Enhancer-like regions based on DNase and H3K27ac signals

DNase hypersensitivity and the histone modification H3K27ac are well known indicators of enhancers. We developed an unsupervised method that combined DNase and H3K27ac signals in the same cell type to predict enhancer-like regions across ENCODE cell and tissue types. We compared methods that anchored predictions of enhancer-like regions on DNase or H3K27ac peaks, called using the ENCODE uniforming processing pipelines for DNase-seq and histone mark ChIP-seq data. We also compared various schemes for ranking these predictions, such as ranking by p-value or signal. We used regions from the VISTA database as the gold standard; VISTA regions have been experimentally tested for enhancer activity in transgenic mouse assays. To account for the high ratio of negative regions to positive regions in the VISTA database, we used area under Precision-Recall curves (AU-PR) for evaluating method performance.

Across four mouse tissues (midbrain, hindbrain, neural tube, and limb) at the embryonic day 11.5 (E11.5), anchoring predictions on DNase peaks outperforms anchoring predictions on H3K27ac peaks. We also found that ranking predictions by a combination of H3K27ac signal and DNase signal performed the best (Figure 1).

The best performing method anchors predictions on DNase peaks and then ranks these predictions by the average of the ranks of DNase and H3K27ac signals (Figure 2). We use a smaller window (500 bp) for ranking DNase signals than for ranking H3K27ac signals (2 kb), in accordance with the different peak widths of these two types of signals. After ranking the regions anchored on DNase peaks, we predict the boundaries using the overlapping H3K27ac peaks. We denote the top 20,000 non-redundant TSS-distal (more than 2 kb away) regions as enhancer-like regions (i.e. we count regions with multiple highly ranked DNase peaks only once). We retain all TSS-proximal regions ranked above the 20,000-th enhancer-like region, as they may be promoters with enhancer-like activities.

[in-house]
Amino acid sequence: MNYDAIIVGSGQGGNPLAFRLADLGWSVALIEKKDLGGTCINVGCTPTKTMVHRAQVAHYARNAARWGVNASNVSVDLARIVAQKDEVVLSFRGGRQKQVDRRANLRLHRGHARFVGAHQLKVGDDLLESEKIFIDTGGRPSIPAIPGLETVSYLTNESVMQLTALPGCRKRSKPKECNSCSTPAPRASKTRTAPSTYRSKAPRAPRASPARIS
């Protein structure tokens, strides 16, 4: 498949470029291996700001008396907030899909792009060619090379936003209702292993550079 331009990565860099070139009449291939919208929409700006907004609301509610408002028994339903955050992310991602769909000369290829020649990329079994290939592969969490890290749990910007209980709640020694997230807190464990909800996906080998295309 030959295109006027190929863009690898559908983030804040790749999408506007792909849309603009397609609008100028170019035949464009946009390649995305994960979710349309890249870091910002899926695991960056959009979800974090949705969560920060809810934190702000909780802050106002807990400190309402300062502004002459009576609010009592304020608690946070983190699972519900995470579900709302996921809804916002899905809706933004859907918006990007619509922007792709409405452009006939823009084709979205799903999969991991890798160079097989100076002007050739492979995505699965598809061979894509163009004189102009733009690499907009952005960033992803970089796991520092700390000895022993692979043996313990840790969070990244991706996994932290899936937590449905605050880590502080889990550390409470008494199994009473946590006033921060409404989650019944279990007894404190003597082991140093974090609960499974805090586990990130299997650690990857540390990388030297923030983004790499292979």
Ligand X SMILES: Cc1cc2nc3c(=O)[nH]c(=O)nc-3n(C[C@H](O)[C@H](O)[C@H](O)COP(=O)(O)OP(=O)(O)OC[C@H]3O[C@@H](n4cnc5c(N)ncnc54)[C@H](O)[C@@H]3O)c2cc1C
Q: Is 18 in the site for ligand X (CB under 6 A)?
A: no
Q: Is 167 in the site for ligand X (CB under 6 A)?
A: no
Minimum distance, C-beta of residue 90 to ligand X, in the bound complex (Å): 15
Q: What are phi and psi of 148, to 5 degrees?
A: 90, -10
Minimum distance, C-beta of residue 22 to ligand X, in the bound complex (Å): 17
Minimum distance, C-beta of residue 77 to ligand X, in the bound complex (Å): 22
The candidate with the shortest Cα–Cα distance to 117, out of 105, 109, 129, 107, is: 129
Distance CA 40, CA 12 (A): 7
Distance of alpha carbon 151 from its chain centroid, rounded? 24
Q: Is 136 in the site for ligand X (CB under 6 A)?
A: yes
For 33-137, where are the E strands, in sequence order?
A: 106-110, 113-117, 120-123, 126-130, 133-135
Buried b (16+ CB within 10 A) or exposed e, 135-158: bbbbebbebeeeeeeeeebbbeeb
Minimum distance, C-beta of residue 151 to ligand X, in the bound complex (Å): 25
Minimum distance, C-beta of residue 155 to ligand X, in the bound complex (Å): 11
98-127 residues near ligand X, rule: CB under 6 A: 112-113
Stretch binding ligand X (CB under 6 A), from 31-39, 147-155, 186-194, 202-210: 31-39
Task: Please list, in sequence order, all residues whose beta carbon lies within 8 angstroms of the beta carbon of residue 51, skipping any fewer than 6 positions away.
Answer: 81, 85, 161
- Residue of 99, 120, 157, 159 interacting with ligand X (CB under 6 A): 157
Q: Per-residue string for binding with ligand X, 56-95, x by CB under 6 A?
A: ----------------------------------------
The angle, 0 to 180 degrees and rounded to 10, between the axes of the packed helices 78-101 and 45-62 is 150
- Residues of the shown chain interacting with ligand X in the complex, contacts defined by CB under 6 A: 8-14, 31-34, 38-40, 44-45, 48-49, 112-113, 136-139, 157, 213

We have applied this method to 47 human cell types and 14 mouse cell types with both DNase and H3K27ac data generated by the ENCODE and Roadmap Epigenomic consortia. For cell and tissues types with only H3K27ac or DNase data, we simply rank the peaks using the available data and make predictions of enhancer-like regions. For cell types with only DNase, we estimate the boundaries of the enhancer-like regions using a set of master H3K27ac peaks which are a merged set of H3K27ac peaks from 120 cell and tissue types. These regions are shown in a lighter color as demonstrated in Figure 3. Users can query these enhancer-like regions by genomic locations, nearby genes, or SNPs, and visualize them in the UCSC and WashU genome browsers. We have also made these region available for download.


Figure 1. Example PR curves used to determine best performing method for predicting enhancer-like regions. Ranking peaks by an average rank of DNase and H3K27ac signals consistently performed the best.


Figure 2. Method for predicting enhancer-like regions.


Figure 3.